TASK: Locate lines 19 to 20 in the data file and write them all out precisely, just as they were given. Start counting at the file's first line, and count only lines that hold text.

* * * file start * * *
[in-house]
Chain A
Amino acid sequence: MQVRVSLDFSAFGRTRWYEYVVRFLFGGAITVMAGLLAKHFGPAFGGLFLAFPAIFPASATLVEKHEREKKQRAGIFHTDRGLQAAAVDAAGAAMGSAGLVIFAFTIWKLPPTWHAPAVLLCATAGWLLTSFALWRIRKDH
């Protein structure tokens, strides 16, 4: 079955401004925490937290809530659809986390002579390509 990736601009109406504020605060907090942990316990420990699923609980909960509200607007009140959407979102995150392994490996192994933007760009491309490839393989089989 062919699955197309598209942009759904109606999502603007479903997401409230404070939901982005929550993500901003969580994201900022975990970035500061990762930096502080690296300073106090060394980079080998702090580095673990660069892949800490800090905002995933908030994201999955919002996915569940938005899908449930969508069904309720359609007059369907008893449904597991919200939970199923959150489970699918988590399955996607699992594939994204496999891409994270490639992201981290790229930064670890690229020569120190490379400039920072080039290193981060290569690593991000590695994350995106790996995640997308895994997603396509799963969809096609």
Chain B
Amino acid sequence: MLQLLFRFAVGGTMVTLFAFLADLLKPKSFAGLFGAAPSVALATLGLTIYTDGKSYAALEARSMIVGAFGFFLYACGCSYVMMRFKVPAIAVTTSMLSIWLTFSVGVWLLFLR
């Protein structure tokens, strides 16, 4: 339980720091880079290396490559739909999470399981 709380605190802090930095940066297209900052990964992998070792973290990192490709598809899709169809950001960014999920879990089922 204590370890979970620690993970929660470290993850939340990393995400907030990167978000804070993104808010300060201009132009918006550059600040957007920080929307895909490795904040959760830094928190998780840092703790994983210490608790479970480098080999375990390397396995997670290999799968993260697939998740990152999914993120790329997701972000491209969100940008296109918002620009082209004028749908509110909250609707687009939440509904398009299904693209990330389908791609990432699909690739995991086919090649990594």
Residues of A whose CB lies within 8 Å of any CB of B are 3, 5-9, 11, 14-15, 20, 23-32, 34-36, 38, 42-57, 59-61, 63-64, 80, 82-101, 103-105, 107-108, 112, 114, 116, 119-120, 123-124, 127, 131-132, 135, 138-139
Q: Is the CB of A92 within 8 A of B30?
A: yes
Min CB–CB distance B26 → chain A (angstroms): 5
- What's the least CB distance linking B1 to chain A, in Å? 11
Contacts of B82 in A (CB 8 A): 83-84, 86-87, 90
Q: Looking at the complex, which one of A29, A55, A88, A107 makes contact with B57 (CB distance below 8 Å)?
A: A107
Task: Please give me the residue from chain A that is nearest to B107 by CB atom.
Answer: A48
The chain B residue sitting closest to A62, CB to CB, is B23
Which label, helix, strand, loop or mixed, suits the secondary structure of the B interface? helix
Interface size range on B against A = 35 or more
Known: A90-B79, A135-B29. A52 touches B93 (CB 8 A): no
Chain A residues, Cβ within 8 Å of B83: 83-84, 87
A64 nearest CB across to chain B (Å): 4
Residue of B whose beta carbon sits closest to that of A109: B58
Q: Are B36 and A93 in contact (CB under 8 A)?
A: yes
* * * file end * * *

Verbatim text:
Which label, helix, strand, loop or mixed, suits the secondary structure of the B interface? helix
Interface size range on B against A = 35 or more